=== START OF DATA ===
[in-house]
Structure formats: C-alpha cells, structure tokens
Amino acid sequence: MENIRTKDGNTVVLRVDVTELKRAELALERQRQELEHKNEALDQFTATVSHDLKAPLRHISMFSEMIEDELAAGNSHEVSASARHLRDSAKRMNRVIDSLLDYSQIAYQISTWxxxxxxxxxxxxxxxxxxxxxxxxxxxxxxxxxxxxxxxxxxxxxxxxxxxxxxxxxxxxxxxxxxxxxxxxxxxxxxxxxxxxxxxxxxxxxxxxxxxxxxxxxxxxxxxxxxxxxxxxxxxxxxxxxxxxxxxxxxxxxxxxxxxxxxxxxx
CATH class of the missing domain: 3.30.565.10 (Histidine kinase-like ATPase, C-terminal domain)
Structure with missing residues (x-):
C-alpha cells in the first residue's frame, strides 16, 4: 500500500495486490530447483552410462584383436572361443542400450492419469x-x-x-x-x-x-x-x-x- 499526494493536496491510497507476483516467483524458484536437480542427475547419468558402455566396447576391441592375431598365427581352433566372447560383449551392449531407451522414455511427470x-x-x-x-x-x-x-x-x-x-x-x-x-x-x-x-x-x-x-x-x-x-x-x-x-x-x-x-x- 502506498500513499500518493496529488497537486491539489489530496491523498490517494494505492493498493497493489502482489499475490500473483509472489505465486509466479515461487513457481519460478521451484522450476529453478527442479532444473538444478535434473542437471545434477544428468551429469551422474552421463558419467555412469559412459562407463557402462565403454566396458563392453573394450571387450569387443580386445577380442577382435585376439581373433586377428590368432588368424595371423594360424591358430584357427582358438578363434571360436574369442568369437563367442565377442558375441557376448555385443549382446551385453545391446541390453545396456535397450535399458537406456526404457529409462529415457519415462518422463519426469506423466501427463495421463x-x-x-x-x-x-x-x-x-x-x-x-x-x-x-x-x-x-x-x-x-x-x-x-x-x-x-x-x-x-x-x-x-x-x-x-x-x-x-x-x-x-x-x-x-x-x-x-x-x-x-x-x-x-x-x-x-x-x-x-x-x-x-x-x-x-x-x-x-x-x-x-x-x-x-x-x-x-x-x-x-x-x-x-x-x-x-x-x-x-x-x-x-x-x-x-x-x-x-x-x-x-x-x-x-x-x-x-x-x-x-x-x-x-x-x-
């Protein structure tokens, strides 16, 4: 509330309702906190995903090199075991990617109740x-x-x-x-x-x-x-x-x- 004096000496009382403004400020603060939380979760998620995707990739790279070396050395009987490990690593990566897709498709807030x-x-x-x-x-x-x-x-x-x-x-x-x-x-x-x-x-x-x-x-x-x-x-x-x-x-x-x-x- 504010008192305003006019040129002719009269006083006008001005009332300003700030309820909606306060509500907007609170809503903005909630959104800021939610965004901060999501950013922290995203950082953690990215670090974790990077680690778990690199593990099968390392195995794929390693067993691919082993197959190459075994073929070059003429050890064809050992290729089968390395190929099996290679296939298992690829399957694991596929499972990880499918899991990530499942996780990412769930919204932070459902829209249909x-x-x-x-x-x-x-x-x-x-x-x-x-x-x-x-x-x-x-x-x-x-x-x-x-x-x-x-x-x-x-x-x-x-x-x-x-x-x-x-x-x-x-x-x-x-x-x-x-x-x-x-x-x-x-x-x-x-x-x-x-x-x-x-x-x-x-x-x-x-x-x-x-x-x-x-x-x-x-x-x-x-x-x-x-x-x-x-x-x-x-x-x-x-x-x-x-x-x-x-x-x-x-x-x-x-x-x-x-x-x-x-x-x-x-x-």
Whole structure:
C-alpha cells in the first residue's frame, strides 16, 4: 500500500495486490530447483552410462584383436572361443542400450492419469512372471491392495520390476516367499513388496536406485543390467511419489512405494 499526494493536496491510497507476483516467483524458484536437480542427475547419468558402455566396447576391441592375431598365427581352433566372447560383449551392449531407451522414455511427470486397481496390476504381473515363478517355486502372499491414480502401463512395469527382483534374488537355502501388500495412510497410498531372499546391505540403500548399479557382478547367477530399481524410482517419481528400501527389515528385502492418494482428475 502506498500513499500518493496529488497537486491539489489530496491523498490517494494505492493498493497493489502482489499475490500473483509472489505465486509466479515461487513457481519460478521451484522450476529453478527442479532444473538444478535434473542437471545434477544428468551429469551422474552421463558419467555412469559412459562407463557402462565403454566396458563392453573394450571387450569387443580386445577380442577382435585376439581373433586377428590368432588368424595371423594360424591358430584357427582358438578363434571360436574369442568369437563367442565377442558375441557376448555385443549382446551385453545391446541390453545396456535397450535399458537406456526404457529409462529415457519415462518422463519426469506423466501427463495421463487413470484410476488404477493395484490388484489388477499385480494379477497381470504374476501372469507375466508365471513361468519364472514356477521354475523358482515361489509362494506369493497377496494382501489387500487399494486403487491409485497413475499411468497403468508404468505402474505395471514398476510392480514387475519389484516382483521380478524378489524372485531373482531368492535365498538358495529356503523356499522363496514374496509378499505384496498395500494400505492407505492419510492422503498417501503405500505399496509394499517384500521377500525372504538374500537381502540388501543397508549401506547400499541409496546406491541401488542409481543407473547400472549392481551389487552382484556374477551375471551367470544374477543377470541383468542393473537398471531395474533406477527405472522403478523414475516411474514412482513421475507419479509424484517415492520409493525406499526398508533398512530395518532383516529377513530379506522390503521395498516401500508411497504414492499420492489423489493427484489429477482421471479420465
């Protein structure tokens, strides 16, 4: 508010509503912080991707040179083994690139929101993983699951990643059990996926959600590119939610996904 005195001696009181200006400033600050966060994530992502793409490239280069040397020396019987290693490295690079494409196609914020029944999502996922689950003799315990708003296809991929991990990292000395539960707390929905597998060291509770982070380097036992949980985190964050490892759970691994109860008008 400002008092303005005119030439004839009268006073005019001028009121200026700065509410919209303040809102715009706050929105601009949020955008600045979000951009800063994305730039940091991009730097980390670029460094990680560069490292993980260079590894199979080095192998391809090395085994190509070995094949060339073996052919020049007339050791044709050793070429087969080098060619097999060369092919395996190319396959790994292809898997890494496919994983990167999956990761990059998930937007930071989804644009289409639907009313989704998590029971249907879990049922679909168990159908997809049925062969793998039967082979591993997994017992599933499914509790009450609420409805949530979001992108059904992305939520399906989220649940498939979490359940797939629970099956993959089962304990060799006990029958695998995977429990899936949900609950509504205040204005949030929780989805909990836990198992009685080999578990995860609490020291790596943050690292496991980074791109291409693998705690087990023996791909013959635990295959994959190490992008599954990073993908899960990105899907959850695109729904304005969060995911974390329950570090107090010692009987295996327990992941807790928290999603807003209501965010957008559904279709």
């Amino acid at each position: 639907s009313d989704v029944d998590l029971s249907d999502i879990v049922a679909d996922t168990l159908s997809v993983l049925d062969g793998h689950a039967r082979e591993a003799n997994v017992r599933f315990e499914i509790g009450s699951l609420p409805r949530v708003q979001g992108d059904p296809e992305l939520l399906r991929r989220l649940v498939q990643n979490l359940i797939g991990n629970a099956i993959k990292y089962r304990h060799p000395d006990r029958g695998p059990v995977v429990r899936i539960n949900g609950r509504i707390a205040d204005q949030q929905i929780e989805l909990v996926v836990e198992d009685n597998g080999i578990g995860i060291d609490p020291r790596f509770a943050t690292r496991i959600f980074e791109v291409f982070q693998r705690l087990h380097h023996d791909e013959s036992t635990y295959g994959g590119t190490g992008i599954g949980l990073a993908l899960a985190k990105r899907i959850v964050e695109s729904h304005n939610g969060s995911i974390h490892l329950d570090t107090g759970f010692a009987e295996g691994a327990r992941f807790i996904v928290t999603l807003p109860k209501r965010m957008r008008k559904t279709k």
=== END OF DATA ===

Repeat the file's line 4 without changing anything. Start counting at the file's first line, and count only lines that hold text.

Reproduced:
CATH class of the missing domain: 3.30.565.10 (Histidine kinase-like ATPase, C-terminal domain)